With respect to Realtax's alleged legal services, therefore, the only specifics provided by Grand Partners' representative were that Realtax reviewed contracts, read statutes, and provided advice on tax valuation and how that valuation would be received by the jury. We do not find that these acts or Realtax's other activities connected to filing and negotiating the tax appeal constitute the unauthorized practice of law. Conclusory statements that Realtax advised Grand Partners on the law and applied facts to legal situations similarly cannot avoid summary judgment. "Allegations, conclusory facts, and conclusions of law cannot be utilized to support or defeat motions for summary judgment." Peterson v. Midas Realty Corp., 160 Ga. App. 333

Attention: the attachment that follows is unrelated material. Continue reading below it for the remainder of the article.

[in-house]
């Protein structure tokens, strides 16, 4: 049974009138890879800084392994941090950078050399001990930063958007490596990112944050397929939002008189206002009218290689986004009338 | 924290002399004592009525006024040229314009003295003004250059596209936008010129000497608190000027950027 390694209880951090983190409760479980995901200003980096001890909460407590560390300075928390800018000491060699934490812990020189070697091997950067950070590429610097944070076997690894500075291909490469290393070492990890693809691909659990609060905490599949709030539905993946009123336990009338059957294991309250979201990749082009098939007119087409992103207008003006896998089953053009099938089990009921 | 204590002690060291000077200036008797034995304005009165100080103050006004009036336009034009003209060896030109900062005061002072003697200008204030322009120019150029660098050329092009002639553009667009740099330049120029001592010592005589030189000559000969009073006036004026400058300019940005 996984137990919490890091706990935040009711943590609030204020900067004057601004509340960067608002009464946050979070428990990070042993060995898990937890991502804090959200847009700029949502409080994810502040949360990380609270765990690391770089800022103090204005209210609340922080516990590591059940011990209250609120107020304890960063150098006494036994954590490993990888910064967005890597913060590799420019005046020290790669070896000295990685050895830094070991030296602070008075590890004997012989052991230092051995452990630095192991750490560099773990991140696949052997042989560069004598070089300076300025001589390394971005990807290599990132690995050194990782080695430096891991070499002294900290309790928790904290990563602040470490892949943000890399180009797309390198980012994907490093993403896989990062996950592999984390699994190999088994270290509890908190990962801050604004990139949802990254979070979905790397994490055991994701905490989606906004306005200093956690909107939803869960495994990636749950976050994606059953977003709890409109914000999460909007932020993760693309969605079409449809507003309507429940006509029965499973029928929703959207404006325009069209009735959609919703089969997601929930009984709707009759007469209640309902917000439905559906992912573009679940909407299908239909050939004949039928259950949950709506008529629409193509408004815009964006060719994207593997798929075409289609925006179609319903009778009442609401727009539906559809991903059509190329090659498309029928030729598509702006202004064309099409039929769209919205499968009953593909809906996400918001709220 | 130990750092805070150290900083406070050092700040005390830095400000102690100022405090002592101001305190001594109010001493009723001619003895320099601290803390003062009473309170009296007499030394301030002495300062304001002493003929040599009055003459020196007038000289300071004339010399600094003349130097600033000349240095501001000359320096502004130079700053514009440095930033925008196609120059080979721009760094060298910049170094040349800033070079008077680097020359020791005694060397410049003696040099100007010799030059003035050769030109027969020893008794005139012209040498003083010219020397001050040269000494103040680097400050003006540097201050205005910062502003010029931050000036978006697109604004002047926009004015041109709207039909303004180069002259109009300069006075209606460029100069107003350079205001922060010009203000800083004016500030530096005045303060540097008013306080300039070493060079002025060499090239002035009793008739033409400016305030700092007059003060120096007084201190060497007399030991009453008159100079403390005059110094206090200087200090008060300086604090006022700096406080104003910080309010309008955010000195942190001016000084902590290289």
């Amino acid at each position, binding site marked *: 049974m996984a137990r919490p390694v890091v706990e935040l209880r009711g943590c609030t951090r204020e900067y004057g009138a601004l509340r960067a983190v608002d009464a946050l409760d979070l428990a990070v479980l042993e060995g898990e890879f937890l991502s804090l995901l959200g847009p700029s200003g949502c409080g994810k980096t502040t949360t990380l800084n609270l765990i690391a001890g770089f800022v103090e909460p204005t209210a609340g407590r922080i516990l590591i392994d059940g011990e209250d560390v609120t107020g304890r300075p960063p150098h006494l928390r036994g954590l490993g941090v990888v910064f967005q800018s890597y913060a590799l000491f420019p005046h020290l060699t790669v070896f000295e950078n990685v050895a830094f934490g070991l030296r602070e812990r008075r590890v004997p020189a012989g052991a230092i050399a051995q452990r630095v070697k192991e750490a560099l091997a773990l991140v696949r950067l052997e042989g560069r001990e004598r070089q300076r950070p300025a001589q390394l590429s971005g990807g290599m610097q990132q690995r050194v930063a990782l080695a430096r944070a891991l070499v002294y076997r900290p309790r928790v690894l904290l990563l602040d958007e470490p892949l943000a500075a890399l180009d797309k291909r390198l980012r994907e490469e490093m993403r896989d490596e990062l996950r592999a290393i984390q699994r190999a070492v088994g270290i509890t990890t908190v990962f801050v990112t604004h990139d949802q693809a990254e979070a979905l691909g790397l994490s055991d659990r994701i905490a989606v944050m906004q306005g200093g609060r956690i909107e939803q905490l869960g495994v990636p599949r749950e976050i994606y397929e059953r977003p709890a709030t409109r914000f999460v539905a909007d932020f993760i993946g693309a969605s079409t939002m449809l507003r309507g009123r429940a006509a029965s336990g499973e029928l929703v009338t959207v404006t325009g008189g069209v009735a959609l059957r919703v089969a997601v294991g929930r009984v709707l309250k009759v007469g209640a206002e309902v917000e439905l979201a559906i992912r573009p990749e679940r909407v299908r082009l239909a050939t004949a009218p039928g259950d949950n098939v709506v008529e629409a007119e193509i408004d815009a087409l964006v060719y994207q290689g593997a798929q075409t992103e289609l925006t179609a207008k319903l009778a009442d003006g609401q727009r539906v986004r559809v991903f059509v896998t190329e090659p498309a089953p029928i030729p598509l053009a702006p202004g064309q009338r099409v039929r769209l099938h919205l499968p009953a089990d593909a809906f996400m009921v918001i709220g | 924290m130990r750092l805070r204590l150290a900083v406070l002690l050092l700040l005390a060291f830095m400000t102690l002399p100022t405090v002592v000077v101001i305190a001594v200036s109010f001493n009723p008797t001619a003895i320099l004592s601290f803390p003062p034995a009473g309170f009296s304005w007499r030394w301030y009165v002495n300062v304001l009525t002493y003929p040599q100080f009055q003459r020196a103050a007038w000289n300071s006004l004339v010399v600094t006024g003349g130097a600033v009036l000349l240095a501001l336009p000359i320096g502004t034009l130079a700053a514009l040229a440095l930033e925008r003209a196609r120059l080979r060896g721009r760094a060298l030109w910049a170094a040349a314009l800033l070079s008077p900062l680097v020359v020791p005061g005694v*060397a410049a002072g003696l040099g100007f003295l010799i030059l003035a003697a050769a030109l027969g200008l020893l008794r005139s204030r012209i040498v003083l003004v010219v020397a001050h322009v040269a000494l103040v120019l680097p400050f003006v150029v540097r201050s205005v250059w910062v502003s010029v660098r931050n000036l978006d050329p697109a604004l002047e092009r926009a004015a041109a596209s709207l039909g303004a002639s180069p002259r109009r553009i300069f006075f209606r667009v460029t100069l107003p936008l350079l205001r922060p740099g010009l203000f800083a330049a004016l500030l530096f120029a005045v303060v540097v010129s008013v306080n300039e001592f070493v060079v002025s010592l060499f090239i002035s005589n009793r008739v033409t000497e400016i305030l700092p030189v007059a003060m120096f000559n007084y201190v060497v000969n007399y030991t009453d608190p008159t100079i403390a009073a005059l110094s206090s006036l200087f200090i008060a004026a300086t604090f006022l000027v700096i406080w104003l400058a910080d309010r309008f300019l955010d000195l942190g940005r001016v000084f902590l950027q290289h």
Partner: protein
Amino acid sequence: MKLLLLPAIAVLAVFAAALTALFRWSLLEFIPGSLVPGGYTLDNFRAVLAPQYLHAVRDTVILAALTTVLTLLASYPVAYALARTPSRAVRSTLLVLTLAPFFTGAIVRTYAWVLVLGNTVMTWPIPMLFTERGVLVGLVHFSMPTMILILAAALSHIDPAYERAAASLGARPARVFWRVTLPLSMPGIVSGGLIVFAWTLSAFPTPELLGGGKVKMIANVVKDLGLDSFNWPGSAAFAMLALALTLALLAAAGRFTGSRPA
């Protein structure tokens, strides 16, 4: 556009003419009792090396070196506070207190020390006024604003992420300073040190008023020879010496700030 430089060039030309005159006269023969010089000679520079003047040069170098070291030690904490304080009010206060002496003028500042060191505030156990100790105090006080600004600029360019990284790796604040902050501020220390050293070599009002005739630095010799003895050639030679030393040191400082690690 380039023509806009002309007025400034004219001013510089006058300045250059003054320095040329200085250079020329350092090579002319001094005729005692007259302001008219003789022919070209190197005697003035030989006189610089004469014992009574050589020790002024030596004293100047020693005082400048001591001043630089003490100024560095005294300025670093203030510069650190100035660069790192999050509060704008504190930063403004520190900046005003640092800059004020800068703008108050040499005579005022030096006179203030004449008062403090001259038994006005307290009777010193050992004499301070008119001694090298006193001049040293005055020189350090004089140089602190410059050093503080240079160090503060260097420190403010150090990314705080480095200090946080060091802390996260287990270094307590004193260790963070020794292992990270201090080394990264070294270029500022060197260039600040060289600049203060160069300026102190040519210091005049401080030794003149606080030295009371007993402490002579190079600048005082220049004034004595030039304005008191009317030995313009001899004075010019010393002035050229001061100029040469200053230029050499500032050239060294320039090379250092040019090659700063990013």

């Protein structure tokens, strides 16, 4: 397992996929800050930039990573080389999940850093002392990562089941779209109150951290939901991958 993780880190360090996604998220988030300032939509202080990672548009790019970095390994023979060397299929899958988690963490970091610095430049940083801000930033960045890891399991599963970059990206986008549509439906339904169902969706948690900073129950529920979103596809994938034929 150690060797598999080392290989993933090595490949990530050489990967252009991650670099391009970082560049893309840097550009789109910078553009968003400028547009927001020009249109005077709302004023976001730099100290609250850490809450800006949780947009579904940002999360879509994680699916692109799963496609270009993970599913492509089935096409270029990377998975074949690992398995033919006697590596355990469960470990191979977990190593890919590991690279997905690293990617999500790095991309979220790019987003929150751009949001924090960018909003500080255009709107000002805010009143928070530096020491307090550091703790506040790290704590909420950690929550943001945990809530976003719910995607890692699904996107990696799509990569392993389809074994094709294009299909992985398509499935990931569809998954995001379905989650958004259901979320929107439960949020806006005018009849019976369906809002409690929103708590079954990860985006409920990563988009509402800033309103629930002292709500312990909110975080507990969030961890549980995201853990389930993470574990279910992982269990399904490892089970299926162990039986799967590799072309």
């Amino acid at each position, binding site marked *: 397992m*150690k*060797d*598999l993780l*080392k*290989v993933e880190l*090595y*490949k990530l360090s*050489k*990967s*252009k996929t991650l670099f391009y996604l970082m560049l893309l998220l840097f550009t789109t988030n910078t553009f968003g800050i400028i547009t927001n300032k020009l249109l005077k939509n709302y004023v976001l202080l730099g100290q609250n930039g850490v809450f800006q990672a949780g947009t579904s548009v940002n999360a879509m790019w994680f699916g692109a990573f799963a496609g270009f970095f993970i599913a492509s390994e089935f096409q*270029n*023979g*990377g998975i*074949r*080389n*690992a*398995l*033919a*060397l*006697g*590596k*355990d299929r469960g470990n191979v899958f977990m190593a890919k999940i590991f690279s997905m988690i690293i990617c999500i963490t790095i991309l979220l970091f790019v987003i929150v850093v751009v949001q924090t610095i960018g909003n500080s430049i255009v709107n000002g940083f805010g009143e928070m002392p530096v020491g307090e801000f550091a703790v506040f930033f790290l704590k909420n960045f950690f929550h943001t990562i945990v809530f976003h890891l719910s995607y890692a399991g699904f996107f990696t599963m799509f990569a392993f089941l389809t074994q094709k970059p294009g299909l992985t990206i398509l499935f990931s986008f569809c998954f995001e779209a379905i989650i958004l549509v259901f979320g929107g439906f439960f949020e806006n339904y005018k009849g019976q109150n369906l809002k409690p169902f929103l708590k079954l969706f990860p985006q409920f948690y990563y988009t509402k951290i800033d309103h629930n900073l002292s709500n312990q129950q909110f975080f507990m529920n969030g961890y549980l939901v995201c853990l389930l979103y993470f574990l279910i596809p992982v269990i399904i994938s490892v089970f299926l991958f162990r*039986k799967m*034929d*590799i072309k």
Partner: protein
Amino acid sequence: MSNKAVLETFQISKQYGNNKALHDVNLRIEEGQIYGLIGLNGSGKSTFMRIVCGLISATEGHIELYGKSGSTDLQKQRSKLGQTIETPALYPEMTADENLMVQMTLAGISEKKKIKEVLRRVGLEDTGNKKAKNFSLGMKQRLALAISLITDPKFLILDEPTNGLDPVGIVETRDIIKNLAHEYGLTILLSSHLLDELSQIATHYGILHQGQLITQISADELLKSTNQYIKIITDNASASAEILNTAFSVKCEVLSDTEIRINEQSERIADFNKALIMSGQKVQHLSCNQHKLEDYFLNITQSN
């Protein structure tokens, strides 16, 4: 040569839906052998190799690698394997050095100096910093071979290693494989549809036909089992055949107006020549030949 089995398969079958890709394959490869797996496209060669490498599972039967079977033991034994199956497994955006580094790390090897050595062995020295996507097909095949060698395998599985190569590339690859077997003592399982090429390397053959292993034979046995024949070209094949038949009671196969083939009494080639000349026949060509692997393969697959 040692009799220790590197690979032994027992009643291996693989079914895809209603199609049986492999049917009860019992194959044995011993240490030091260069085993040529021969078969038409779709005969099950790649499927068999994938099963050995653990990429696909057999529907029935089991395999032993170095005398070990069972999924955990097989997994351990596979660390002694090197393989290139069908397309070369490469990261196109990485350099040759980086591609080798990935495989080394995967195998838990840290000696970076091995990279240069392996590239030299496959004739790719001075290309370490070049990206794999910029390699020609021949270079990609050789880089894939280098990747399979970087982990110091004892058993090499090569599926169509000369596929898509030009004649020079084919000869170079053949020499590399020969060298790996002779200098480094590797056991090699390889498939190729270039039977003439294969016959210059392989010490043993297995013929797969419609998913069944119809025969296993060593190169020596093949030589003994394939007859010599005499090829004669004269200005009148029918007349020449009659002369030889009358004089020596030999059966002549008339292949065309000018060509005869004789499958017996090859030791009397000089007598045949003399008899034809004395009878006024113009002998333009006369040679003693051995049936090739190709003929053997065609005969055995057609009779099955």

, 335 (287 SE2d 61
Grand Partners has pointed to no evidence that Realtax provided legal services and advice or otherwise practiced law. To the contrary, the record indicates that Realtax offered tax valuation services and advised Grand Partners on how this valuation would be received by others, including a jury. The trial court properly granted summary judgment to Realtax and denied summary judgment to Grand Partners on the unauthorized practice of law defense. Maddox, supra.
Realtax asserts that Grand Partners waived this argument by failing to include it in its answer, pretrial discovery, pretrial order, or other pleadings. We agree.
Grand Partners admittedly never raised the issue in its summary judgment documents, and the record reveals no mention of it in Grand Partners' answer or any submissions relating to the pretrial order. Instead, Grand Partners voiced this argument for the first time at the summary judgment hearing. Realtax objected to the argument as untimely.